Having career conversations with your manager outside of review time is critical to success. Additionally, career conversations enable managers to support their employees’ professional development, and is one of the ways to develop an engaged and skilled workforce. These types of conversations can be difficult to have, but with thought and preparation, it doesn’t have to be that way, and you can have an honest and authentic dialog.
Types of Career Conversations
What is expected of me?
At some point, this question must have come up, but roles evolve, and organizational needs change. Therefore, it is important to ask this question every now and again to ensure that your goals and aspirations align with those of the organization. To succeed in any role, you have to know and understand what is expected of you, what you are responsible for, how your work is measured and evaluated, so you can perform well in the role. Let your manager know what resources you need to perform your job well. Work with your manager to set career goals with attached timelines, clarify what needs to get done, and discuss how you will be rewarded and recognized for the work you do.
How am I doing?
You need to know how you are doing so you can course correct if needed. You want to be on meaningful projects that make an impact. Take the opportunity to find out from your boss how others perceive you. Solicit feedback whenever you need it, and do not wait for performance review time.
What’s next for me?
It makes sense to map out your career path so you have a sense of where you want to go next. During this type of career conversation, share your career map/plan, and ask about opportunities and the organizational landscape. This conversation will allow you to make changes to your career map/plan and find out how each choice will impact your career.
What and how should I develop?
If you do not have a coach or a mentor, chances are you will need guidance to help you develop your career. Although you are going to talk about employee development with your manager, think about what you want professionally, and not leave it entirely up to him/her. Think about possible gaps in your skills, and how you might fill them. Although you have done some work prior to the career conversation, listen to what your manager has to say about your development needs, and the best ways to develop them because he/she will have an entirely different perspective from you.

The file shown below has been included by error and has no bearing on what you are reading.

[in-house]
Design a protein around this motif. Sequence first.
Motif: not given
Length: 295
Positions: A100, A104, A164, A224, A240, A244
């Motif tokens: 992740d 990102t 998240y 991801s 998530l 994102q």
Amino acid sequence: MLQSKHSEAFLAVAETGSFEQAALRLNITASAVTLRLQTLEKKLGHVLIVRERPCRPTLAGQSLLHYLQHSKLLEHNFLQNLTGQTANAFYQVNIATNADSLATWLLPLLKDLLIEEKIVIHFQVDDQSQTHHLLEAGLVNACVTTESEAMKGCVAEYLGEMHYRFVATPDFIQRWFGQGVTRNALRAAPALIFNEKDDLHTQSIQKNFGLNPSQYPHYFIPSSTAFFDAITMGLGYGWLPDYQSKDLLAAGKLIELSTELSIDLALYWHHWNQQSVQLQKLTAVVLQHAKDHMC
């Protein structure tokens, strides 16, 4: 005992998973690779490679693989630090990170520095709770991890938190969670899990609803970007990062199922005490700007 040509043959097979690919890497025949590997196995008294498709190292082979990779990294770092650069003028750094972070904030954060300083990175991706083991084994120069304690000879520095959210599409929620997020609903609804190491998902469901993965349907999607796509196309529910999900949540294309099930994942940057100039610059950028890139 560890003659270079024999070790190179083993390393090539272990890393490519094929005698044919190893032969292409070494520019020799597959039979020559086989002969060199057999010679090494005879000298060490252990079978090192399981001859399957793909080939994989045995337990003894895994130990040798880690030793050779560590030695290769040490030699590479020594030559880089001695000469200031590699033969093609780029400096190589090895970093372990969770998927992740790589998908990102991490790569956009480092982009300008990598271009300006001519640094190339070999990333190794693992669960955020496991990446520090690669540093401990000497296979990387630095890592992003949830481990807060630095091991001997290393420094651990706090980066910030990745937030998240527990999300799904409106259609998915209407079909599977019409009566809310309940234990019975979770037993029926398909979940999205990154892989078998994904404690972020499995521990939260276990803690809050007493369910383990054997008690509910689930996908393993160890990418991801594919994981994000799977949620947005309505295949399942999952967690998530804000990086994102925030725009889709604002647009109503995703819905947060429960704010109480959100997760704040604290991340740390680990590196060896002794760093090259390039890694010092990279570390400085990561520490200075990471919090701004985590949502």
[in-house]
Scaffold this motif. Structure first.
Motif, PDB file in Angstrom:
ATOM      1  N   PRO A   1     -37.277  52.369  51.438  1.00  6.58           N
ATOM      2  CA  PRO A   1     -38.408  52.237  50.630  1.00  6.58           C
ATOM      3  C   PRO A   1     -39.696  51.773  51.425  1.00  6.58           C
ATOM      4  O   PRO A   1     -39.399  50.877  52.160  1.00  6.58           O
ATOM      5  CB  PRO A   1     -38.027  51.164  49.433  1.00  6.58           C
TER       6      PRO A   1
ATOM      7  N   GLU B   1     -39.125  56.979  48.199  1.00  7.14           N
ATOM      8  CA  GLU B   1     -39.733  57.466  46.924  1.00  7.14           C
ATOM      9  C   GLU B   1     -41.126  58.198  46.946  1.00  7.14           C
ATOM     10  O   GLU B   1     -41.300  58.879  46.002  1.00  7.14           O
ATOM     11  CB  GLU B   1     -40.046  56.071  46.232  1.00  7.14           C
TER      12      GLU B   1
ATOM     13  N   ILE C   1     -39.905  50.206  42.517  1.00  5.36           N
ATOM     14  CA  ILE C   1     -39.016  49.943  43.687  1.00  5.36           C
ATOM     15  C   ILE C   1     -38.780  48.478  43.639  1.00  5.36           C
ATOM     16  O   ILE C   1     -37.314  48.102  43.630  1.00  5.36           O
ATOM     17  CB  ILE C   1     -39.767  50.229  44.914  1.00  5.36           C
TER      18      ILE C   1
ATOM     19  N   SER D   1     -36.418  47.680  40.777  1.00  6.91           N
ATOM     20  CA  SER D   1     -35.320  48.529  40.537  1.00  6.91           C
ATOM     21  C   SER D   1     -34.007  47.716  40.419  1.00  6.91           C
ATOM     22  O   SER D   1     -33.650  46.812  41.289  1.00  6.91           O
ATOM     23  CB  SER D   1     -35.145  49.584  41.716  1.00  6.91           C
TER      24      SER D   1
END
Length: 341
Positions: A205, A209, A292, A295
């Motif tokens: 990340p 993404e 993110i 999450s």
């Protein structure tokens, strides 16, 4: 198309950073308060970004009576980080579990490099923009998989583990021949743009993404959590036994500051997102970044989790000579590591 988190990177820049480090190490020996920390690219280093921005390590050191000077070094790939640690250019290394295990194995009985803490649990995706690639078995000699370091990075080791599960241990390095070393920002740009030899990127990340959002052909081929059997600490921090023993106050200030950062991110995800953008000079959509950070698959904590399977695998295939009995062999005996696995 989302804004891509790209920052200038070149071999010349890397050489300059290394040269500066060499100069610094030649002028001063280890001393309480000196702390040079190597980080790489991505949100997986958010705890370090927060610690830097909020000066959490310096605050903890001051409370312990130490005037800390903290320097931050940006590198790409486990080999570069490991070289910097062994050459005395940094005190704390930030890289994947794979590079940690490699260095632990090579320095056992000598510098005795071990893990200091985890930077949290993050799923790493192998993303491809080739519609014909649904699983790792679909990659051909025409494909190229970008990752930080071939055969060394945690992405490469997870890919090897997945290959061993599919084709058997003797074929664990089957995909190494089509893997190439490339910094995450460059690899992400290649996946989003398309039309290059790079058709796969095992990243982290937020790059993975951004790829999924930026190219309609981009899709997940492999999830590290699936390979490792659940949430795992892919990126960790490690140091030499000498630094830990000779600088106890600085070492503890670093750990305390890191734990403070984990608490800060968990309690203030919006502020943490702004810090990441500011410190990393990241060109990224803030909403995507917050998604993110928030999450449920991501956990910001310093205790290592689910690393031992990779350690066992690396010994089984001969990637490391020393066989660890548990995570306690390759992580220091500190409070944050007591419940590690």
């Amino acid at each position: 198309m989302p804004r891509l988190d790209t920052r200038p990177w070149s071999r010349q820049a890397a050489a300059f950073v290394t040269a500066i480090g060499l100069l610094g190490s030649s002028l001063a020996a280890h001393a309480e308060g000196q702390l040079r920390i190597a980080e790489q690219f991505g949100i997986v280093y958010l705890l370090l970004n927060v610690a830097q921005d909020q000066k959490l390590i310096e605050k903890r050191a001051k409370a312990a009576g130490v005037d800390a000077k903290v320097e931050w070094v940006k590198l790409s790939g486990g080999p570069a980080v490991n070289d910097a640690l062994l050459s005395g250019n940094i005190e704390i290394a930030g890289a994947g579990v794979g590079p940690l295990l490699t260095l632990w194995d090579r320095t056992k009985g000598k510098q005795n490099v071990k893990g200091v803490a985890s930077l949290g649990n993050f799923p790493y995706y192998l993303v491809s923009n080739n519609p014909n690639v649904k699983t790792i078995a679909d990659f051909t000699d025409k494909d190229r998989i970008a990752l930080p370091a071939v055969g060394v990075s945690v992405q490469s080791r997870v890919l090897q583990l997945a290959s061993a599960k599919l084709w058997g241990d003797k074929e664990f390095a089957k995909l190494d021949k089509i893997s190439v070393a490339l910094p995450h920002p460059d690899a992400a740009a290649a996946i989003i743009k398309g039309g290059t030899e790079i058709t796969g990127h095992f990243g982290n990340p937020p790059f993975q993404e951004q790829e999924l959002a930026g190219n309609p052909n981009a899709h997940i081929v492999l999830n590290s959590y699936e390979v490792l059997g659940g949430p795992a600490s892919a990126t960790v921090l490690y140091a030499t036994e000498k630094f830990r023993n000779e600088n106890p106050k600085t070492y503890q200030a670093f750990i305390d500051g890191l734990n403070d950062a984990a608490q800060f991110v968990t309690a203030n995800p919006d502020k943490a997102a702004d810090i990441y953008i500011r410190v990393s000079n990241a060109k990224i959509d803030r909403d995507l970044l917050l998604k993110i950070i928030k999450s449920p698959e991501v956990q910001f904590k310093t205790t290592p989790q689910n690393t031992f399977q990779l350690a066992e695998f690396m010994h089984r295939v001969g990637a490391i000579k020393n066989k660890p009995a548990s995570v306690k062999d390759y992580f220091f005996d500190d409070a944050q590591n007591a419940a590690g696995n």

Adapted from “Career Conversations to Have With Your Manager” by Right Management
Tips for Initiating a career conversation with your manager
Schedule the meeting
You will want to have plenty of time set aside to sit with your boss and discuss your career without interruption. The best way to do that is to get time reserved on her/his calendar.
Set an agenda
In the meeting request, include an agenda and your goals for the discussion. If you give your boss a heads up that you’re looking for feedback on how to develop your career, they will have time to prepare their feedback and give more thoughtful responses.
Prepare for the conversation
Consider the questions you might want to ask you boss, write these down as a way to help navigate the conversation. More importantly, go into the meeting with a goal in mind – and the outcomes you hope to achieve. These might include:
- An assessment of your skills
- Advice on how you can develop your skills
- Feedback around your performance
- Insights into how your skills and contributions are recognized
- A review of your career goals
- Better understanding around your opportunities for career growth
Keep the conversation positive
Don’t get into an argument with your boss. Your goal is to leave each meeting with honest feedback. Ensure your boss understands you care about your current position and that you are concerned about being of benefit to her, the department she manages, and the organization.
Send a recap
If you want to be taken seriously, make sure to takes notes on the suggestions and recommendations your manager makes during each conversation. Be proactive, and follow up on any action items. Don’t forget, the most important action item is to schedule the next career conversation with your boss – don’t stop at just one!
Adapted from Right Management
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My career discussions began subtly and progressed over time. In the beginning, I took advantage of the simple questions, like “How are things going?” or “What do you think you’re doing well?”. It is easy to respond with a few word answer and move on. But I chose to be forthcoming about exactly how I felt I was progressing, especially with areas where I needed more support. I think that honesty ignited a trusting relationship. My supervisor knew I cared about doing well and I knew that she cared about my well-being. That made opening up feel natural when she asked more pointed questions about my career aspirations. Now I feel comfortable discussing anything career-related with my supervisor, from my desire to join a certain committee or attend professional development workshops to my interest in taking on additional job responsibilities.Kate Miller, Payroll Services, Office of Human Resources